Chairman Responds

The Scottish Daily Mail has run with a story today with quotes from our Chairman about our Trust writing to Michael Johnston as part of a takeover bid. He responded to the article on the fans forum so we thought our members might be interested in what was behind the article.

bazbio“Community ownership is a long term process and plans have to be made, so this is just a small piece of the jigsaw so to speak. We have been having discussions with local business people about COG and reacting to the feedback…and the general consensus was that our previous meeting with the chairman, which came to no conclusion, should be followed up with an official letter to try and clarify the position regards the majority shareholding and what it would take to procure that.

It is really no biggie and nothing we have not done already, only in writing this time so there can be no dubiety about what has been said, it just looks like news because it is in the newspaper. I was surprised at the call, the journalist seemed to know a lot about it and it would appear that the call emanated from a conversation with a Killie fan in Serbia…but it is not like there was anything to hide or anything to shock anyone here, so there was no point in being secretive. Anyone who pays their money and joins the Trust can come to a board meeting and hear the exact same.

On a positive note, other feedback suggests that we really have to ramp up the publicity about the Trust and COG as despite everything we do there are still fans out there who do not know what its all about and some who just do not get what we have done and are trying to achieve. I dare say that if we had gone to the papers with something as trivial as this it would have been roundly ignored so maybe not issuing press releases about every single thing we do is the way to get them interested enough to give us some coverage!”

It does appear to be a bit of a non-story but if nothing else it highlights that there are positive steps being taken behind the scenes on the COG front and the media attention would suggest that at long last community ownership is on the agenda, and not before time. Hopefully the establishment and the Scottish public are finally waking up to the fact that the way our game is run is what is killing it and that any hope of survival for us all is to ensure that if we are not running our clubs ourselves for the benefit of the community then at the very least those who are should be better regulated and made accountable for their actions.

COGblogYou can follow the progress of our COG initiative here – https://thekillietrust.wordpress.com/

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Stand Up (If You Love Killie) 6: A Review

StandUpWebAd6Time to have a look back at the last (very succesful) Killie Trust Comedy at The Sports Bar at Rugby Park back at the end of February this year.

After five top nights, number six came up with the good with four belting sets from Teddy Ross, John Speirs, Gary Little and Scott Gibson all corralled superbly by returning compere Ray Bradshaw in front of the now iconic Newcastle United strip in the Player Sports Bar.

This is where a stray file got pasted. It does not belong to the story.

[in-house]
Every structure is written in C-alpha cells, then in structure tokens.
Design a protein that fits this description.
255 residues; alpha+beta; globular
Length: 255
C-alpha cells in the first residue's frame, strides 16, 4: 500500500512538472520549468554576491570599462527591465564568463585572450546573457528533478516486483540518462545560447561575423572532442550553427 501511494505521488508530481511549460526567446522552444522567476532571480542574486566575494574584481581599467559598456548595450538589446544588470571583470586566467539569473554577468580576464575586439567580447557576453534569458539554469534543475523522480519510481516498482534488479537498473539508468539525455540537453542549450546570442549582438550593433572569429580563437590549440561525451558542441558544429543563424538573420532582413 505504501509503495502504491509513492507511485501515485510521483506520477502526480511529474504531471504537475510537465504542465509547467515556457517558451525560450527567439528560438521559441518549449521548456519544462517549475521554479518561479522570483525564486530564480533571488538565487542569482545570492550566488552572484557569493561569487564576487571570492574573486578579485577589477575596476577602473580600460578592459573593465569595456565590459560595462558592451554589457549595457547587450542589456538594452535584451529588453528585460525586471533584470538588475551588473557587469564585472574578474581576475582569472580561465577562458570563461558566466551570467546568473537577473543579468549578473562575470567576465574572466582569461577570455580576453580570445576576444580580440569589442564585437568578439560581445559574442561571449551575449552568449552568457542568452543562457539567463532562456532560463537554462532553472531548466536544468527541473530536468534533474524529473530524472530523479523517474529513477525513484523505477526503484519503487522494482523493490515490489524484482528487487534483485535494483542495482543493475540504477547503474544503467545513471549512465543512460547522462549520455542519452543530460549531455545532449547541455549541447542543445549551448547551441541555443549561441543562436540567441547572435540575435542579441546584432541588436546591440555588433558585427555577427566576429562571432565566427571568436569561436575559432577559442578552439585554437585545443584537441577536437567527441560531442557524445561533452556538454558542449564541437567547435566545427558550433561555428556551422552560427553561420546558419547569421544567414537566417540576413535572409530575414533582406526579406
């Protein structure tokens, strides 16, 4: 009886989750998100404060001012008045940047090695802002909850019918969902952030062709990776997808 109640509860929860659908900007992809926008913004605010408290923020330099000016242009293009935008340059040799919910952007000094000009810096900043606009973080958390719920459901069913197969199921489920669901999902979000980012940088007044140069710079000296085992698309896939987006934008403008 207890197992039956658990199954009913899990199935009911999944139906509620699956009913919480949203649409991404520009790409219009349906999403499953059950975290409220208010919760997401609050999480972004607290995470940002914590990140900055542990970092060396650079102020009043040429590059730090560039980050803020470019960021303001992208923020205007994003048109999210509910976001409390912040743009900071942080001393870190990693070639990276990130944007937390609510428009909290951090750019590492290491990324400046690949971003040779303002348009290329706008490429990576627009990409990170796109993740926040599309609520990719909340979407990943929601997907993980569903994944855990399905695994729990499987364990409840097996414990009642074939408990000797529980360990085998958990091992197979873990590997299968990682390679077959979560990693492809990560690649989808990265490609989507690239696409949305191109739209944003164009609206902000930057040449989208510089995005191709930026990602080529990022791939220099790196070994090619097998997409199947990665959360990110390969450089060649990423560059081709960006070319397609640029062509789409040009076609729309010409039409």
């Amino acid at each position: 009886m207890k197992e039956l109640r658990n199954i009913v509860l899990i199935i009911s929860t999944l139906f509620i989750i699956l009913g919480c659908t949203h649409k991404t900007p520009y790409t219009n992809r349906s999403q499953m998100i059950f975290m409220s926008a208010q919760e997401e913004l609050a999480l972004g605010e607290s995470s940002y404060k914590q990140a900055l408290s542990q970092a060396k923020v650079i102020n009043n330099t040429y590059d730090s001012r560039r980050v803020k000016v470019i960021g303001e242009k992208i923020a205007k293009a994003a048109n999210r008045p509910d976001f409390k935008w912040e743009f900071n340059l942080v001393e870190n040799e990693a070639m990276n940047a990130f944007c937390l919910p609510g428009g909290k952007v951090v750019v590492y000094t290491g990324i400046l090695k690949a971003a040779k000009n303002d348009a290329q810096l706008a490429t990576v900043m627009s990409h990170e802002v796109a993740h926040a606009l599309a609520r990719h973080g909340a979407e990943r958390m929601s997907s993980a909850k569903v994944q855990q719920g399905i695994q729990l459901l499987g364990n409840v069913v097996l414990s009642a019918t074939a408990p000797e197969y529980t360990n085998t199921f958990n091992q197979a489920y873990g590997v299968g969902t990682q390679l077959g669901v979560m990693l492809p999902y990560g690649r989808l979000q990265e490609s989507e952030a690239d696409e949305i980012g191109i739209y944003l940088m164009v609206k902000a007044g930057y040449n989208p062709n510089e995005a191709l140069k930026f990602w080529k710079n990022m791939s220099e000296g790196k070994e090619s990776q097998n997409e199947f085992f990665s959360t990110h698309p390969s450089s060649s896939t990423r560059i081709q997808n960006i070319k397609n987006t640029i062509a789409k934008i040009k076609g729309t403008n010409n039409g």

Teddy kicked us off with his well polished jokes and stories about his new wife and after the first break John Speirs regaled us with the story of how he scored the greatest goal in school football history in 1998 of all years. A story fifteen years in the making it would seem. He was followed by the irrepressible Gary Little and his side-splitting thoughts on the mindset of dog walkers and the what if of Osama Bin Laden being a Glaswegian. Scott Gibson sent the full house in attendance home happy with tales of what he sees in the parenting of his brother and the relative merits (failings) of his hometown Paisley.

The night was a big success and with a full house and a great raffle around £1600 was484942_10151777379804899_159470127_n raised for COG. We hope everyone who attended had a great night and that everyone who couldn’t make it are suitably annoyed and desperate to make the next one, they really are brilliant nights of comedy on our own doorstep. Thanks to Brownings also for the Killie Pies at the break and for the volunteers who took the time to sell the raffle tickets. News on the next comedy night and how tickets will be available will be posted here so why not subscribe to the blog so you don’t miss any news. A button appears on the right hand side below blog tags which you can press and enter your email address.

News also appears on our Facebook and twitter feeds. Find us on Facebook by searching The Killie Trust and our twitter handle is @thekillietrust if you didn’t already know.

An album of photos of the event is available on our Facebook page here.

All comments are welcome.

The Growth of Democracy in Scottish Football

Scottish-FansHi everyone, the following blog was first published here on the 28th February on the www.Scottishfans.org website by Paul Goodwin from Supporters Direct Scotland. We have reblogged it here in case you missed it.

Strange things are happening in Scottish football and the fans are very much part of what can be described as a changing landscape.

In the summer the clubs and the football authorities were told not to treat supporters with contempt and suddenly integrity and consultation became key words in the world of football politics.